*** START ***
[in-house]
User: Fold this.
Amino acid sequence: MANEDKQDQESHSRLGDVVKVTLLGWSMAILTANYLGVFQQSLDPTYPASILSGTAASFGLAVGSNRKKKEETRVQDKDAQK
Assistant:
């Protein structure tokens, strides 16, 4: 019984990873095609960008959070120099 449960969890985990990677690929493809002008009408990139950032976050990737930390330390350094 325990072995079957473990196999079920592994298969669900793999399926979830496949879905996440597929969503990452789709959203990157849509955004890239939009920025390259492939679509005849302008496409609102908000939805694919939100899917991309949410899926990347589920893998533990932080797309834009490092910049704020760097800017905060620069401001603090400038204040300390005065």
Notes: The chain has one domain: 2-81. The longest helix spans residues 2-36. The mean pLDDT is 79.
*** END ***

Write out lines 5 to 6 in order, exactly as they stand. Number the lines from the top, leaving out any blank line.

């Protein structure tokens, strides 16, 4: 019984990873095609960008959070120099 449960969890985990990677690929493809002008009408990139950032976050990737930390330390350094 325990072995079957473990196999079920592994298969669900793999399926979830496949879905996440597929969503990452789709959203990157849509955004890239939009920025390259492939679509005849302008496409609102908000939805694919939100899917991309949410899926990347589920893998533990932080797309834009490092910049704020760097800017905060620069401001603090400038204040300390005065």
Notes: The chain has one domain: 2-81. The longest helix spans residues 2-36. The mean pLDDT is 79.